I ended up in the most ridiculous of situations. I worked mornings as an administrator for a local charity, where I was able to start at 9.30am after I’d dropped Belle at preschool. ‘Lunch’ was eating a sandwich in the car while I drove to my job at a different charity, where I was a trust fundraiser and was allowed to leave at 3pm to pick Belle up again, working extra hours at home in the evenings. On top of that, I was the clerk to the governors at Bee’s school – possibly one of the most boring jobs in the world, but it had that elusive element of flexibility. I was doing the equivalent of full time hours, but on a total salary of around half of what I was earning before, with no intellectual challenge at all.
It pretty much sucked.
The Hire Me My Way campaign
The Hire Me My Way campaign is led by Timewise, a multi-award winning social business. Do go and have a look – it only takes a minute to add your name to the campaign and you could be helping to change lives. The vision of the Hire Me My Way campaign is that ‘everyone should be able to find the flexibility they need in their job, without losing their value in the workplace.’ Hire Me My Way aims to get hundreds of Britain’s biggest employers to open up more of their jobs to flexibility at the point of hire. Their goal is for one million part-time or flexible jobs to be advertised annually in the UK, by 2020 – about three times the current level.
So what’s the problem?
Well, if my story hasn’t convinced you, here are a few facts:
- Fewer than 1 in 10 jobs paid over £20K FTE are advertised with flexible working options (fewer than 1 in 5 offer part-time).
- 1.5 million people are trapped in low paid part-time jobs below their skill/salary level, because there are not enough quality flexible jobs to apply for. They have traded salary for flexibility, and their skills are going to waste.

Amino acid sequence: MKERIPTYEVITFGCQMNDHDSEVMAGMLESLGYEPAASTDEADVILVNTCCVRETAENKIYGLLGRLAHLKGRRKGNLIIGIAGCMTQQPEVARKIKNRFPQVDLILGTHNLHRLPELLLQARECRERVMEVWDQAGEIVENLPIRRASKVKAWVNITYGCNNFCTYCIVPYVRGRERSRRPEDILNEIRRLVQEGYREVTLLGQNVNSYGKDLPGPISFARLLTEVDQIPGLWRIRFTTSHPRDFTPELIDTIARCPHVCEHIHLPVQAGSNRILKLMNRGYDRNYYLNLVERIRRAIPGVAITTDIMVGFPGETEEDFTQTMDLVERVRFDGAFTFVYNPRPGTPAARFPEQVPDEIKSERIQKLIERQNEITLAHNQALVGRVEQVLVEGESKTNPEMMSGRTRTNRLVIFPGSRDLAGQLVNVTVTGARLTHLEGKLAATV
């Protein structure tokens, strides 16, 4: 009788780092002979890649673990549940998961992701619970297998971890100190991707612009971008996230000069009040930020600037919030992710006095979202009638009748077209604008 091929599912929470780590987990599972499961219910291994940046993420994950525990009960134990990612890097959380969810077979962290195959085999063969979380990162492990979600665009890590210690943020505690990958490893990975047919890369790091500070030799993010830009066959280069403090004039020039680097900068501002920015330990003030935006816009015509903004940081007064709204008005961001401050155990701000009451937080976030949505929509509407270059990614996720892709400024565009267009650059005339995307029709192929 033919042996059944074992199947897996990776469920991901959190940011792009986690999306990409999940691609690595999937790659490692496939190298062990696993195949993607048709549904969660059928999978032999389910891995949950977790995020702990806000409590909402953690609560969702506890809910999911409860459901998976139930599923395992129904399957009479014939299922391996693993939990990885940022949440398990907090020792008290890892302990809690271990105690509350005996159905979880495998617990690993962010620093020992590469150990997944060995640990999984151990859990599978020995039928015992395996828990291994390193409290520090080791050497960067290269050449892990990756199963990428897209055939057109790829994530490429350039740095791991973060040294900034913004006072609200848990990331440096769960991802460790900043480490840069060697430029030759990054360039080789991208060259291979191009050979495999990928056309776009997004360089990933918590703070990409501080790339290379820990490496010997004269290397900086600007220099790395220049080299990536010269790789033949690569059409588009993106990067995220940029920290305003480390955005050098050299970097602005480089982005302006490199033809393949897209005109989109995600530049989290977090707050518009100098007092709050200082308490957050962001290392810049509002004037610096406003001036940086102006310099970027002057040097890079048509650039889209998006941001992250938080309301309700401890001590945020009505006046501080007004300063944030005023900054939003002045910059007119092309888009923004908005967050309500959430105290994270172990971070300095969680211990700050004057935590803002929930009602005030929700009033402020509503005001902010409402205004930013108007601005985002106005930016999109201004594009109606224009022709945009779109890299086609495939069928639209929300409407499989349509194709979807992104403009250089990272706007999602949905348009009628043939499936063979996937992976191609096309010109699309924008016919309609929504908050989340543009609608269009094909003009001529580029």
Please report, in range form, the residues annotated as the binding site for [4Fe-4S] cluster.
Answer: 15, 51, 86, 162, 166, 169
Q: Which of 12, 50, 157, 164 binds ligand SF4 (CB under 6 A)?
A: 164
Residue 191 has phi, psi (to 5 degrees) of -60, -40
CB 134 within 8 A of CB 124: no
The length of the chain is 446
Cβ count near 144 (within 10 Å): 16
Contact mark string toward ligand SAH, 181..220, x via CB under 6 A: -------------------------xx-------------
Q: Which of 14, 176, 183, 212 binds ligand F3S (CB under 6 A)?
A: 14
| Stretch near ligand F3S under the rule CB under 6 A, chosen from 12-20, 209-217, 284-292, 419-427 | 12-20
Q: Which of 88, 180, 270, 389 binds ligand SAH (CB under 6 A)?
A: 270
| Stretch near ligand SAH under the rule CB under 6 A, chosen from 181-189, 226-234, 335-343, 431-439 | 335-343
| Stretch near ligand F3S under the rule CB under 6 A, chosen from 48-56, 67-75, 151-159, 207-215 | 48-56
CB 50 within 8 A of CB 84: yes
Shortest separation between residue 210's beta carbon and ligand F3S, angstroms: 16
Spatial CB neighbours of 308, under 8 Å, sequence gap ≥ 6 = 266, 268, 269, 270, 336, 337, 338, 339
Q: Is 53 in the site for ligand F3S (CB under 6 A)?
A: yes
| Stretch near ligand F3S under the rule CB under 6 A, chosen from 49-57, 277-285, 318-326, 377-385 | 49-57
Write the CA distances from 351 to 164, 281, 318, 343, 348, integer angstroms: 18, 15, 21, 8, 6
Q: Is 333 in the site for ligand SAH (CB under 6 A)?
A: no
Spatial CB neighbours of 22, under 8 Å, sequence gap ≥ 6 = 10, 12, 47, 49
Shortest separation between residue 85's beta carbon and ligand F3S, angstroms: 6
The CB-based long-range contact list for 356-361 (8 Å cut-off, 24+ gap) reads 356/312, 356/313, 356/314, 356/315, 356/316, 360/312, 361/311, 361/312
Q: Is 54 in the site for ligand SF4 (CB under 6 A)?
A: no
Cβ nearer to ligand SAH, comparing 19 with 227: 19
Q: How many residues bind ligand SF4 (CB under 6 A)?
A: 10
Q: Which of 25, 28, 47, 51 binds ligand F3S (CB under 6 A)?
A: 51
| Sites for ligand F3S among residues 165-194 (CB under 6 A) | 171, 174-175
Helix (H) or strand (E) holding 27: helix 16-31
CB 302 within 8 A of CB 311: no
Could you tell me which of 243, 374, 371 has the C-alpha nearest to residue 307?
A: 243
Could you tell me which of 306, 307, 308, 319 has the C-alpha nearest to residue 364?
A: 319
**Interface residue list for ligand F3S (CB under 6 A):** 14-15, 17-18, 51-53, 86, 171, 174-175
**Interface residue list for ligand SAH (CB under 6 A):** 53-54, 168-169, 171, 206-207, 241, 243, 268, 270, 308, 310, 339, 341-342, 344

- Over 400,000 workless people want to work, but can’t unless they can find a suitable part-time or flexible job.
That’s not cool!
No one wins here. Employees lose out on decent work and employers are missing out on this vast, untapped resource. There are people out there, qualified people who want to work, but they just need a little flexibility.
On the Hire Me My Way website you can pledge your support for the campaign, either as an individual or employer, access resources, and check out which businesses are already good at offering flexible working. There’s also a great downloadable 13 page booklet, full of advice to help you find flexible or part-time work. Do go and have a look – it only takes a minute to add your name to the campaign and you could be helping to change lives.
Alice Judge-Talbot is a fellow blogger and creator of the fabulous More Than Toast. (I actually had a dream last week about Alice – she was pregnant, with a massive bump, but trying to continue a career as an exotic dancer without anyone noticing. Perhaps we won’t tell her that though. Bit weird. She’s not actually an exotic dancer, just to confirm.)
A quick look at Alice’s blog confirms that flexible working is an issue very near the top of her ‘things to worry about’ pile. I spoke to Alice about flexible working, the Hire Me My Way campaign, and why it’s important to her, both as an individual and an employer.